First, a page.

There are a lot of things that attract intrastate movers and interstate movers to Salem, Oregon. It may be the fascinating history of the city such as the tale of the Capitol being devoured by a fire on April 25, 1935. As residents of the Oregon State Capital sat for dinner, they were too late when they discovered smoke from an elevator shaft in the building. The 59-year-old statehouse was ultimately engulfed by flames that night. This event was deemed one of Salem's worst catastrophes. Salem is also a place for new discovery—like the Marionberry that is unique to Marion County encompasses Salem and 19 other cities. It is a sweet, yet mildly tart berry that reaches its peak during July after being cared for by approximately 900 growers in the Salem region. Also referred to as a river city, this area offers opportunities for business ventures as well as leisurely nature activities, bringing successful stream of people to Salem region moving companies.
In Salem, Oregon, there are over 150,000 people living in the state's second largest city that is still expanding. Popular industries that have grown over the last few decades include those of lumber and mills. Missionary Jason Lee built one of the first mills near today's Broadway and High Streets that grind wheat and saw trees. Copious amounts of rain, in addition to the fertile lands of Salem have also allowed grand harvests of crops, wood, cattle, sheep and more. Agriculture is another huge industry in Salem. Sometimes it feels like everything can be grown in the fertile lands of this Oregon region. Cherries have been grown here the 1840s. Nowadays, cherry growing regions are changing and not being replaced. Flax, Loganberries, Marionberries, wheat and wool are very popular products of this city.
There is a ton to do in Salem, Oregon from nature walks to art festivals. The Hallie Ford Museum located at the Willamette University is one of the city's many art institutes. Hallie Ford carries many collections in its six galleries that have included work by Carl Hall, Native American art, traveling exhibits and international art. Every year, the Salem Art Association also runs a Salem Art Festival, which helps garner art appreciation and education. Other than museums, there are farmer's markets to be found everywhere in town. Alongside the creeks of Salem and the Willamette River, farmers thrive and people enjoy activities such as boating, biking, hiking and sailing.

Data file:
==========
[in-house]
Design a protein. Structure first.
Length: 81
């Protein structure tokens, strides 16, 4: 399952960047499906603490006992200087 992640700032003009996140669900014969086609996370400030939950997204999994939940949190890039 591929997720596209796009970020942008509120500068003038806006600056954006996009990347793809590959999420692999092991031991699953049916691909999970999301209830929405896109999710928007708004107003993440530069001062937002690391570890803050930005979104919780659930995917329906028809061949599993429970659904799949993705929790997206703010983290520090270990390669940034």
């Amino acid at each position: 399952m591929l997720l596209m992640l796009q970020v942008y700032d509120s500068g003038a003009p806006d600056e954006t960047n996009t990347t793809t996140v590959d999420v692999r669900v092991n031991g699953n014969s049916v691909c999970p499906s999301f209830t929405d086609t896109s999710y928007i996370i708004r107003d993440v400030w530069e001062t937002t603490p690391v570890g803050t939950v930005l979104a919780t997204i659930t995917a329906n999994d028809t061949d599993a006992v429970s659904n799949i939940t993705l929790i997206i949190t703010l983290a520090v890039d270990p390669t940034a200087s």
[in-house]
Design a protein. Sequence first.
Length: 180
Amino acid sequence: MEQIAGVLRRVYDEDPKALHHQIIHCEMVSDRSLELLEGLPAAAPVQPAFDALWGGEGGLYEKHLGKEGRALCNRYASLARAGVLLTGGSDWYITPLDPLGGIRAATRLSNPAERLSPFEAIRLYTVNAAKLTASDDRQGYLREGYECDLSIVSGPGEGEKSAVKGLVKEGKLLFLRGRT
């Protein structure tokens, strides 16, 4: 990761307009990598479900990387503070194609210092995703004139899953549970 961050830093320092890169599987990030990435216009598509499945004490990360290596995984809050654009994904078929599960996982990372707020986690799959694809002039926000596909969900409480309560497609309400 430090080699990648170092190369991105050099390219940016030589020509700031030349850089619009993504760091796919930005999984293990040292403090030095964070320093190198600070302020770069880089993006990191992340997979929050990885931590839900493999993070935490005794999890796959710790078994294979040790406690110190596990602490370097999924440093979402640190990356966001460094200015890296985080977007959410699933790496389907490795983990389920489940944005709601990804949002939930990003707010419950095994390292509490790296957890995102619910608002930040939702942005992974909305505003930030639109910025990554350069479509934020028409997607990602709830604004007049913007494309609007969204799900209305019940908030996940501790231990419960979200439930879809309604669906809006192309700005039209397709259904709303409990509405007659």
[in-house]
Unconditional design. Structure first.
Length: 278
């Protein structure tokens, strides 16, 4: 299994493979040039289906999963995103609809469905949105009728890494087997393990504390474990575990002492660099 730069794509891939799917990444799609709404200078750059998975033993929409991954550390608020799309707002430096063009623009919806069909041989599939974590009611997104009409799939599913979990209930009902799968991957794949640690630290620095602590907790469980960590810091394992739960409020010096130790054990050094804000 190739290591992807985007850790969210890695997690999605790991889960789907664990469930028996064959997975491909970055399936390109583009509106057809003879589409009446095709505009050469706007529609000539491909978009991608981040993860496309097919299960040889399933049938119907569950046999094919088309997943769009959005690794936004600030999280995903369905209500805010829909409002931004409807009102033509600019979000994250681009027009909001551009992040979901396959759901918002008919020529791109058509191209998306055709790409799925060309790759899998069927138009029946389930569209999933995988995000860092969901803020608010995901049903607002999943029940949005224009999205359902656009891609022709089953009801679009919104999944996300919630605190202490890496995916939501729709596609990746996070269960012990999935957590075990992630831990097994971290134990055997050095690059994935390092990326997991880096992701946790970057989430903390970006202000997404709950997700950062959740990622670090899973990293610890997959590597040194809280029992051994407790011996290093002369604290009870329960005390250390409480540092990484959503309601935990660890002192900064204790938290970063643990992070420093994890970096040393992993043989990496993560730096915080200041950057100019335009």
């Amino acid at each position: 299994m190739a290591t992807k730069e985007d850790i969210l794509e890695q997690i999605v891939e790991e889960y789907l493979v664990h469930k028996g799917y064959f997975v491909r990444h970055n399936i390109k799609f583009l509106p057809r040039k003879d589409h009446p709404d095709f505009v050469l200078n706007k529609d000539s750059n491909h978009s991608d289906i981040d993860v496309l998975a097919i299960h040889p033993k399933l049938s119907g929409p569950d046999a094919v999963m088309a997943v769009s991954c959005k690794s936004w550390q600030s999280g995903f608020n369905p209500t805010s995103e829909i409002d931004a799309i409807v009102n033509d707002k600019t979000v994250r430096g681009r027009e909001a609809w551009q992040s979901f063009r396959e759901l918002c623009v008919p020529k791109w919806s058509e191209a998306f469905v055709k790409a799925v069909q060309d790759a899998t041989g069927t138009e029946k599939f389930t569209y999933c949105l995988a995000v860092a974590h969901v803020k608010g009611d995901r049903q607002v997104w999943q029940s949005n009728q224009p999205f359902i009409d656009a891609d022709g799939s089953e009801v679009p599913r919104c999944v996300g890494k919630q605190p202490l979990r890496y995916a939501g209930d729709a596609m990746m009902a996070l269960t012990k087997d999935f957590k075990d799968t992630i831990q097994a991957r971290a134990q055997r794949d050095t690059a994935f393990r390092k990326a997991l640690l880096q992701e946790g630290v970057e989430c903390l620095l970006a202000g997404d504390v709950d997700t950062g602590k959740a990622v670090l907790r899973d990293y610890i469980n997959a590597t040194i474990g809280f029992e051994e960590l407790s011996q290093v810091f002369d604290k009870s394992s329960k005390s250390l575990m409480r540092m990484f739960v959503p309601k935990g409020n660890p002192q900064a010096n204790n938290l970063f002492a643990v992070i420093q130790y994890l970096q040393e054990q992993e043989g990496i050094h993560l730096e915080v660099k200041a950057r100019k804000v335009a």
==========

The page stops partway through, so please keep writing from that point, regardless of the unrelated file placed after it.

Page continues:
The city also sees a lot of tourists who visit Willamette County to explore the 1926 Tudor Gothic Palace the Historic Elsinore Theatre, the Historic Deepwood Estate, the galleries and retail stores of Historic Downtown Salem and the finest rolling hills of the Salem's many vineyards.
Salem, Oregon is a city full of wonders as one of the oldest cities around. The first settlers who took advantage of the region's crop-producing land were the Kalapuya Native Americans. Near the Willamette River Basin, they picked berries, hunted game and settled into the abundant land. The waterways soon brought the first European Americans to the region. Due to the prolific diseases that the settlers brought with them, the Native American population in Salem began to dwindle. In 1855, Salem developed their first public school district. Religious denominations established facilities soon after. In 1859, Oregon became the 33rd member of the U.S. A couple years later in 1864, Salem voters reaffirmed that this area was going to remain as Oregon's official state capital.